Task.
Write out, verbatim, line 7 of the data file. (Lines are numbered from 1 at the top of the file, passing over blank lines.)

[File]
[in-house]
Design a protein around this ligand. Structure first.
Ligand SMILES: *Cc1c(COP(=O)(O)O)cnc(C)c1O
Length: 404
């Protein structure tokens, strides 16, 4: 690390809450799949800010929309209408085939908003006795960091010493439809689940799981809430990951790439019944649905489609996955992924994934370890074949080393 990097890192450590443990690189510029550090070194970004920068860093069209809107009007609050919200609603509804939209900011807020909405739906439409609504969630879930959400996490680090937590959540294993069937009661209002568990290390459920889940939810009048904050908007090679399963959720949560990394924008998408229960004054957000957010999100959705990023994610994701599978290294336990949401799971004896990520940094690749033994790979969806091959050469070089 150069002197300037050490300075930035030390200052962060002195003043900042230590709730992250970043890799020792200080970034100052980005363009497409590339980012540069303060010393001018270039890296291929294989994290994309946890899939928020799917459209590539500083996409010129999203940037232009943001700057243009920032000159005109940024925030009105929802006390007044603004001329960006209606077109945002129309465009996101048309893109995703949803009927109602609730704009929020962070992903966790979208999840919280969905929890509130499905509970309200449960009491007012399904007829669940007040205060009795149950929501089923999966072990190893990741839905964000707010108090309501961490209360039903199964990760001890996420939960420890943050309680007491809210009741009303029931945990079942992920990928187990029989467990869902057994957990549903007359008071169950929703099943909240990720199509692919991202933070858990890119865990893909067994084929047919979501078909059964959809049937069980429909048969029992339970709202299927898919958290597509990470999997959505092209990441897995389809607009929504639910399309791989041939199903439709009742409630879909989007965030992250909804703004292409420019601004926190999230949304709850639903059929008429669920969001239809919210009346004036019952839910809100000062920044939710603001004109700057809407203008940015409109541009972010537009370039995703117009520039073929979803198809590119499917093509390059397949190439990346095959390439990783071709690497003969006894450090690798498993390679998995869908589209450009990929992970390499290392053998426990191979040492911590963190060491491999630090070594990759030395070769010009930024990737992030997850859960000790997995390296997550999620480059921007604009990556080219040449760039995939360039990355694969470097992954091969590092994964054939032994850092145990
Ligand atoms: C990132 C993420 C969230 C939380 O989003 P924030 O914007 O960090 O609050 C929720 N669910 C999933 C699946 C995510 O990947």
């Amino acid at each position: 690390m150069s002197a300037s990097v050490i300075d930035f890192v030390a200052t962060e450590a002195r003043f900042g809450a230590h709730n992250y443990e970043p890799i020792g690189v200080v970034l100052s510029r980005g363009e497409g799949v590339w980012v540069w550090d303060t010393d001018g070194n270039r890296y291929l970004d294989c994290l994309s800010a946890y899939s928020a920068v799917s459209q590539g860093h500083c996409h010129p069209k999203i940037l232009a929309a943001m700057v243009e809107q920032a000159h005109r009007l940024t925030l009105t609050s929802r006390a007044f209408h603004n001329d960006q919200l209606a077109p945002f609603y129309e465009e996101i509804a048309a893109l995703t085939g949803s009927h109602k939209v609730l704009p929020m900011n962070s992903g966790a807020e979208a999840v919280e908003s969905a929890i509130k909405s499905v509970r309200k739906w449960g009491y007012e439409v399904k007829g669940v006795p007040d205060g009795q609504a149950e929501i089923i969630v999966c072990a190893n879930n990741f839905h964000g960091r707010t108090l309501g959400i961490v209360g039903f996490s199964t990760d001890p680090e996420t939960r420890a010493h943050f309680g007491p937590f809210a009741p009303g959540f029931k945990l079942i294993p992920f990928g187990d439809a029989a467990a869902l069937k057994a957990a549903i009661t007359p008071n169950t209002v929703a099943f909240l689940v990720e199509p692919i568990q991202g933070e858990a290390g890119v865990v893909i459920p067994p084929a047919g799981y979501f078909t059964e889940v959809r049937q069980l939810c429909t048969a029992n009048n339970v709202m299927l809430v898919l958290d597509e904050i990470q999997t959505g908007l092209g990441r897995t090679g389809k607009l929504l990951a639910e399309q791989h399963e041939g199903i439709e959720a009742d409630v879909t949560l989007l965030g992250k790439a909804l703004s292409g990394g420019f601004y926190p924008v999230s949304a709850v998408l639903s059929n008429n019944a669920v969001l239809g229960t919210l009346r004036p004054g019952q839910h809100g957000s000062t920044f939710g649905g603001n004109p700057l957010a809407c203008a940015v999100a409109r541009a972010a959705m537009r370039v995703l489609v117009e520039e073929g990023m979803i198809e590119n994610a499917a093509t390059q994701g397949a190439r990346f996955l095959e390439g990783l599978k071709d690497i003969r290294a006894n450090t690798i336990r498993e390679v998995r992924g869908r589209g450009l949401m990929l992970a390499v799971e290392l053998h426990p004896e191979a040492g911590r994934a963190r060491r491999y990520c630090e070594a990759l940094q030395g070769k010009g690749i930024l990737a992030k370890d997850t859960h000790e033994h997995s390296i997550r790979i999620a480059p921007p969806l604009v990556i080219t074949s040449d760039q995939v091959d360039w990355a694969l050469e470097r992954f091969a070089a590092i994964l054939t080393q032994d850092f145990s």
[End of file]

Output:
């Amino acid at each position: 690390m150069s002197a300037s990097v050490i300075d930035f890192v030390a200052t962060e450590a002195r003043f900042g809450a230590h709730n992250y443990e970043p890799i020792g690189v200080v970034l100052s510029r980005g363009e497409g799949v590339w980012v540069w550090d303060t010393d001018g070194n270039r890296y291929l970004d294989c994290l994309s800010a946890y899939s928020a920068v799917s459209q590539g860093h500083c996409h010129p069209k999203i940037l232009a929309a943001m700057v243009e809107q920032a000159h005109r009007l940024t925030l009105t609050s929802r006390a007044f209408h603004n001329d960006q919200l209606a077109p945002f609603y129309e465009e996101i509804a048309a893109l995703t085939g949803s009927h109602k939209v609730l704009p929020m900011n962070s992903g966790a807020e979208a999840v919280e908003s969905a929890i509130k909405s499905v509970r309200k739906w449960g009491y007012e439409v399904k007829g669940v006795p007040d205060g009795q609504a149950e929501i089923i969630v999966c072990a190893n879930n990741f839905h964000g960091r707010t108090l309501g959400i961490v209360g039903f996490s199964t990760d001890p680090e996420t939960r420890a010493h943050f309680g007491p937590f809210a009741p009303g959540f029931k945990l079942i294993p992920f990928g187990d439809a029989a467990a869902l069937k057994a957990a549903i009661t007359p008071n169950t209002v929703a099943f909240l689940v990720e199509p692919i568990q991202g933070e858990a290390g890119v865990v893909i459920p067994p084929a047919g799981y979501f078909t059964e889940v959809r049937q069980l939810c429909t048969a029992n009048n339970v709202m299927l809430v898919l958290d597509e904050i990470q999997t959505g908007l092209g990441r897995t090679g389809k607009l929504l990951a639910e399309q791989h399963e041939g199903i439709e959720a009742d409630v879909t949560l989007l965030g992250k790439a909804l703004s292409g990394g420019f601004y926190p924008v999230s949304a709850v998408l639903s059929n008429n019944a669920v969001l239809g229960t919210l009346r004036p004054g019952q839910h809100g957000s000062t920044f939710g649905g603001n004109p700057l957010a809407c203008a940015v999100a409109r541009a972010a959705m537009r370039v995703l489609v117009e520039e073929g990023m979803i198809e590119n994610a499917a093509t390059q994701g397949a190439r990346f996955l095959e390439g990783l599978k071709d690497i003969r290294a006894n450090t690798i336990r498993e390679v998995r992924g869908r589209g450009l949401m990929l992970a390499v799971e290392l053998h426990p004896e191979a040492g911590r994934a963190r060491r491999y990520c630090e070594a990759l940094q030395g070769k010009g690749i930024l990737a992030k370890d997850t859960h000790e033994h997995s390296i997550r790979i999620a480059p921007p969806l604009v990556i080219t074949s040449d760039q995939v091959d360039w990355a694969l050469e470097r992954f091969a070089a590092i994964l054939t080393q032994d850092f145990s």